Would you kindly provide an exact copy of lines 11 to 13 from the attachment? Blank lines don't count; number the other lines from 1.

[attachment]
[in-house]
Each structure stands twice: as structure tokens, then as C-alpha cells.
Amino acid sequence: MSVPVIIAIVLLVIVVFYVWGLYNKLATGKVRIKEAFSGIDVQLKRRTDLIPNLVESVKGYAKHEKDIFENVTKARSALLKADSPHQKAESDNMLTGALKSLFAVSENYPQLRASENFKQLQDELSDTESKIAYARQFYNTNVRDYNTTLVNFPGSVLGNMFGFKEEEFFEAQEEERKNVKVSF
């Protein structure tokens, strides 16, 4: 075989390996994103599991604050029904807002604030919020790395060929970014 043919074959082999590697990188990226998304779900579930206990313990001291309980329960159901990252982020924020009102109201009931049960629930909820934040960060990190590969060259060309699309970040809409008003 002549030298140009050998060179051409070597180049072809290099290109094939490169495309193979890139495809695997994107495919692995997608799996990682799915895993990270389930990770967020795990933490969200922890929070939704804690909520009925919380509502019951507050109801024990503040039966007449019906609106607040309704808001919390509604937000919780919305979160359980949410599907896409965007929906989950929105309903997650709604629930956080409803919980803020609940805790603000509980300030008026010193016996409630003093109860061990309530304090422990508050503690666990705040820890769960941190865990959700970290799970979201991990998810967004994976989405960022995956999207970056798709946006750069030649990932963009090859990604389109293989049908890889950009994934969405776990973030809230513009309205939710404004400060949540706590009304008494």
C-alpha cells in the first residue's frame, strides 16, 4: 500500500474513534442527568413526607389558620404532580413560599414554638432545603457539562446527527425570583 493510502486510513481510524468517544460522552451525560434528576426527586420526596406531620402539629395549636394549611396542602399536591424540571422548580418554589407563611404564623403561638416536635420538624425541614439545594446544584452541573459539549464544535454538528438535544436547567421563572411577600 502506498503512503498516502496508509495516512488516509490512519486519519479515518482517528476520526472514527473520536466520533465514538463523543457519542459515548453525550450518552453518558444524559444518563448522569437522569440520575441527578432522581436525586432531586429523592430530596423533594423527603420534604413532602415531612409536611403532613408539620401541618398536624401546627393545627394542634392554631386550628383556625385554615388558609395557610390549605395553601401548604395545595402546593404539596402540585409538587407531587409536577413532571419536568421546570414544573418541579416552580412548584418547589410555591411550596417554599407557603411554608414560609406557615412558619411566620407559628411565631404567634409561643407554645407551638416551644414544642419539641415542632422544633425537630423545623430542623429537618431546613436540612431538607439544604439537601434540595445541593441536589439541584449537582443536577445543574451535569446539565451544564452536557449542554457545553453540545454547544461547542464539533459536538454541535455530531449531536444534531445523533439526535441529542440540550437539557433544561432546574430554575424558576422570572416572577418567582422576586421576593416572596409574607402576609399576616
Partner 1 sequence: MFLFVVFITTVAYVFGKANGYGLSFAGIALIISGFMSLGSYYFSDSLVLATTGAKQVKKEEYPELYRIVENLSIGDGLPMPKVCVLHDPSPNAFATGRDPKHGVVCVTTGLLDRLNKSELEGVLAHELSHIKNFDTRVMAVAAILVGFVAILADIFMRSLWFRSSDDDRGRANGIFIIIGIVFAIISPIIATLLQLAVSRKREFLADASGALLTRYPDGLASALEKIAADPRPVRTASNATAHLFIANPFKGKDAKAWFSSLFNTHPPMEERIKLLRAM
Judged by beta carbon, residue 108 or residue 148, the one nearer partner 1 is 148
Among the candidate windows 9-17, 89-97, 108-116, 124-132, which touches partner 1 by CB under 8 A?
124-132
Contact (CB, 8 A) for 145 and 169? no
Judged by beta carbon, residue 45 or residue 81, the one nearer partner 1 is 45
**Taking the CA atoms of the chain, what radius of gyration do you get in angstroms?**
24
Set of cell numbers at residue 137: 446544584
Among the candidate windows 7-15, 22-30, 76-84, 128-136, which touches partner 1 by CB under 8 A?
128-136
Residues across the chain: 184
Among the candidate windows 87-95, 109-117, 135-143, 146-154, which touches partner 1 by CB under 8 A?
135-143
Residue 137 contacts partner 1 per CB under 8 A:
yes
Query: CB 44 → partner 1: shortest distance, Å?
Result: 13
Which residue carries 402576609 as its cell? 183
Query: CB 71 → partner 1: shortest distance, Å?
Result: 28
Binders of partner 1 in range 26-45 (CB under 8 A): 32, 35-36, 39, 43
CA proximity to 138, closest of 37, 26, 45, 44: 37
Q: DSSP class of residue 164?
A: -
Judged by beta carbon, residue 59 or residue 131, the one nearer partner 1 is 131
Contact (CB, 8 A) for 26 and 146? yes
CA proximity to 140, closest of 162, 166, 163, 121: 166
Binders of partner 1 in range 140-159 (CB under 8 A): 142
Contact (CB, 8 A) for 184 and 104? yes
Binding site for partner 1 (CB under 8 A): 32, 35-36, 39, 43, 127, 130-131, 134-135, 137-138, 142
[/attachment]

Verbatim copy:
Judged by beta carbon, residue 45 or residue 81, the one nearer partner 1 is 45
**Taking the CA atoms of the chain, what radius of gyration do you get in angstroms?**
24